He put his hands under his head and against me. There was still dirt between his fingers.

He couldn’t stop it all going around in his head. It had been a chance to be bold, to close and kill—but they’d disappeared into the fields and trees among the confusing compounds. He imag- ined himself being brave among the tight walls and neutralizing them at close quarters, leading his men relentlessly forward.

He thought of the jet flying over and the thrill as it disintegrated the wall and one of his men whooping from along the ditch. He replayed everything as he should have fought it, decisively and without hesitation. He promised himself that next time he would.

And then these thoughts merged into details of tomorrow’s mission. And he was back out in the network of fields, moving between other houses and locals, and he tried to decide how best he should clear the area. He had so little time to prepare; he’d have to give orders early and his men were exhausted already. He was overwhelmed by it and he reached for his alarm clock to set it an hour earlier. And then he remembered another thing he should tell them about the mission and the planning went on and on in his head.

And as often happened with the men that slept on me, he remembered a place far away that didn’t involve any of this. He was sitting on the lawn at his parents’ house in the cool sunlight, and the dog was trying to lick him as he laughed and played with it.

Then he was heading into town and he thought of a girl. She wasn’t right for him, but somehow, out here, she seemed to be. And he recalled other girls, some that he’d only glanced at, or shyly said hello to over loud music in a club. Some he’d blown it with. He wondered if they were right. Did any of them think about him out here? He hoped so. And he wished he was with one of them.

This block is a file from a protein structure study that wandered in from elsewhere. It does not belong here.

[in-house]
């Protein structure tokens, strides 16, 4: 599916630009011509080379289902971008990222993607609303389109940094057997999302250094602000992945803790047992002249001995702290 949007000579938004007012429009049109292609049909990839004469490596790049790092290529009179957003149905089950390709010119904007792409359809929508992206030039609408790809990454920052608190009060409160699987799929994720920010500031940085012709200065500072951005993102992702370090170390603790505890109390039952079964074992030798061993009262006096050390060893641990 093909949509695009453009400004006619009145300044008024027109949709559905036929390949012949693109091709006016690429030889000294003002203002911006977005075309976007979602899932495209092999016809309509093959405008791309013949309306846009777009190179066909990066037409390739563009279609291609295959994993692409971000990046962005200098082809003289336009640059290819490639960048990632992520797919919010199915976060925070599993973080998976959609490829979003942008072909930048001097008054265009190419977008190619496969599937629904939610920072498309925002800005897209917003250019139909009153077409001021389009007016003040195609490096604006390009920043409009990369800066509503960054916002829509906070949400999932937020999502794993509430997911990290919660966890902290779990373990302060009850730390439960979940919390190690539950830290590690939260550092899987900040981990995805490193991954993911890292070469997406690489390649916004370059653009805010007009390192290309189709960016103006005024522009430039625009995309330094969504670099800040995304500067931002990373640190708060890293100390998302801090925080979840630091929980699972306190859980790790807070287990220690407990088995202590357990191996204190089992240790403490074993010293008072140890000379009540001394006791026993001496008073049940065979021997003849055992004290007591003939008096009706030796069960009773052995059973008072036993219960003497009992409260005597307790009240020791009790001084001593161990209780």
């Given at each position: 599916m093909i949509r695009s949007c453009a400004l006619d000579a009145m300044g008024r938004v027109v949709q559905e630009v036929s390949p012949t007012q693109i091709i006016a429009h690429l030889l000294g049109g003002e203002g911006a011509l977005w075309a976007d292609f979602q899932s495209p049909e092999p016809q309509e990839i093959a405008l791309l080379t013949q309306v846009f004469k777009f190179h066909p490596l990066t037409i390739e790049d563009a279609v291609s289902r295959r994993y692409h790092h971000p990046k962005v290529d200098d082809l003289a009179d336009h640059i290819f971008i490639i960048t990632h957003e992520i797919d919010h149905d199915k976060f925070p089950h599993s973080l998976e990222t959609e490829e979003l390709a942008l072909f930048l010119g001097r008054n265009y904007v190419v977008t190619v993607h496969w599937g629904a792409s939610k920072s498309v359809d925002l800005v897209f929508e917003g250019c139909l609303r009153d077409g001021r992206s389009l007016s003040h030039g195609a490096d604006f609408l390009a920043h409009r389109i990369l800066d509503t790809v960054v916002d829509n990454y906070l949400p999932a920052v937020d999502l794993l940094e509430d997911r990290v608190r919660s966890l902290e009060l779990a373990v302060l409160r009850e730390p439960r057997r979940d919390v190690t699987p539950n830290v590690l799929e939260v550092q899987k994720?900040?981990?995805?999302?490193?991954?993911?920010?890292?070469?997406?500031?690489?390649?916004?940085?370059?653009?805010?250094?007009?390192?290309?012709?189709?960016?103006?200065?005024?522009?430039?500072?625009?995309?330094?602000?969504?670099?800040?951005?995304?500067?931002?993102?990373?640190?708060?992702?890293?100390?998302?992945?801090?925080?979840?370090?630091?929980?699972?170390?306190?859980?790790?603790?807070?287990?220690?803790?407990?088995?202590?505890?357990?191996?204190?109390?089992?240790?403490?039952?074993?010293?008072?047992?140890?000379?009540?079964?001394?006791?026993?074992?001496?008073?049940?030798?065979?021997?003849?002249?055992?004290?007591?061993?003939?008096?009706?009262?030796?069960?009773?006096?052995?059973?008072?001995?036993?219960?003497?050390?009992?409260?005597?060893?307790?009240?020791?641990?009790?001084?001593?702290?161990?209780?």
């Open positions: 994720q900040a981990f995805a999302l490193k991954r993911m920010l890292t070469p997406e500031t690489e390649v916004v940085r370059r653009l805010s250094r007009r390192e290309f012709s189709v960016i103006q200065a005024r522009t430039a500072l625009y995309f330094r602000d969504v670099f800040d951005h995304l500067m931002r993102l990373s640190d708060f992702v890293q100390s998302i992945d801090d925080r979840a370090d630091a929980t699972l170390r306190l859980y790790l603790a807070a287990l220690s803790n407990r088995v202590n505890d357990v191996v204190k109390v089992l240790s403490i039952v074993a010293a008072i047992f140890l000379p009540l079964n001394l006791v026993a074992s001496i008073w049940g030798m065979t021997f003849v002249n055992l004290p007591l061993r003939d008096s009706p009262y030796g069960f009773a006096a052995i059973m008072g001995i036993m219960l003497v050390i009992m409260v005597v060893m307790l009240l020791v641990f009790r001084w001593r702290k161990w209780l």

Finally he slept. It was a deep sleep of fatigue. He hardly moved all night but his ribcage expanded and contracted on me and he sweated. A buzzing mosquito, trapped inside the net, landed to extend its proboscis into him and suck blood up into its abdomen.

The stars twisted across the sky. Someone walked by in the dark and woke up the man in the camp bed next to us. He got dressed and went to keep watch. And we were alone in the courtyard.

He was already waking before his alarm clock rang. It was the brightening sky that made him turn over on me, and the chill that made him pull his sleeping bag up. It was a half-conscious bliss, being elsewhere, and the day ahead didn’t exist, only dreams of home that slowly corroded as he woke and realized he was lying on me, inside the netting, and a different sun was rising above him.

He coveted it: the longing to be back where he was safe and didn’t have any responsibility and wasn’t trained to do any of this. Where he didn’t have to lead anyone out of the gate again. He wished he didn’t have to. It was his private moment of cowardice before the day became real. He let it fester and was embarrassed, even though no one would ever know.

He hardened himself against it and it was gone, suppressed within him. He unzipped the net and swung his legs out, itched his thigh and left to wash himself and prep his gear, to take his men out there beyond the walls and try to make a difference.

The rhythm of shifts, patrols and downtime went on unbroken and became normal for him. But it did end. It ended before it should have, after he’d encased himself in armor, picked up his rifle and walked away from me one evening.

He never returned. Someone else came and cleared all his belongings from around me. They took the sleeping bag that smelt of him and packed it with everything else into a cardboard box. The man in the other bed was still there and he felt the absence.

After a few weeks, another man arrived to take his place and the rhythm continued. When he left, others came and I supported them one after the other. They were excited at first, apprehensive as they struggled to understand, sometimes disillusioned or resigned and always superstitious in the weeks before they were replaced.

Much later, after they’d gone and the sun had bleached my cloth, other men started to use me. They spoke another language and their uniform was different and they didn’t think of this as a distant country.

 

 

From ANATOMY OF A SOLDIER. Used with permission of Knopf. Copyright © 2016 by Harry Parker.